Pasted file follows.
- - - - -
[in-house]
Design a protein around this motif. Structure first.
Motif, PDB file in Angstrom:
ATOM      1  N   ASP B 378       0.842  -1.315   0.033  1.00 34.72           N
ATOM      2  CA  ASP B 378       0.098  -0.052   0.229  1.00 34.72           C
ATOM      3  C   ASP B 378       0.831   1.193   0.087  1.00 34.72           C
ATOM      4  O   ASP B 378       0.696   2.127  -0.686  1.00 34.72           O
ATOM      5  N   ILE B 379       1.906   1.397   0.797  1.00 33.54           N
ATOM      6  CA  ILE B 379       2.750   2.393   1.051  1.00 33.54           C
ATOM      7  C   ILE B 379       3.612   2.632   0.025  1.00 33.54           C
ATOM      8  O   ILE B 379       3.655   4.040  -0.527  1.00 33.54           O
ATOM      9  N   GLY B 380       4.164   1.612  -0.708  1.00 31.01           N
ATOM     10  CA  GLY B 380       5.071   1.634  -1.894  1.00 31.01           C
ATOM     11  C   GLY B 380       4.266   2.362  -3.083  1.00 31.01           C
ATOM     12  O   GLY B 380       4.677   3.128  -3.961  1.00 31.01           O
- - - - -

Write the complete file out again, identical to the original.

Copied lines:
[in-house]
Design a protein around this motif. Structure first.
Motif, PDB file in Angstrom:
ATOM      1  N   ASP B 378       0.842  -1.315   0.033  1.00 34.72           N
ATOM      2  CA  ASP B 378       0.098  -0.052   0.229  1.00 34.72           C
ATOM      3  C   ASP B 378       0.831   1.193   0.087  1.00 34.72           C
ATOM      4  O   ASP B 378       0.696   2.127  -0.686  1.00 34.72           O
ATOM      5  N   ILE B 379       1.906   1.397   0.797  1.00 33.54           N
ATOM      6  CA  ILE B 379       2.750   2.393   1.051  1.00 33.54           C
ATOM      7  C   ILE B 379       3.612   2.632   0.025  1.00 33.54           C
ATOM      8  O   ILE B 379       3.655   4.040  -0.527  1.00 33.54           O
ATOM      9  N   GLY B 380       4.164   1.612  -0.708  1.00 31.01           N
ATOM     10  CA  GLY B 380       5.071   1.634  -1.894  1.00 31.01           C
ATOM     11  C   GLY B 380       4.266   2.362  -3.083  1.00 31.01           C
ATOM     12  O   GLY B 380       4.677   3.128  -3.961  1.00 31.01           O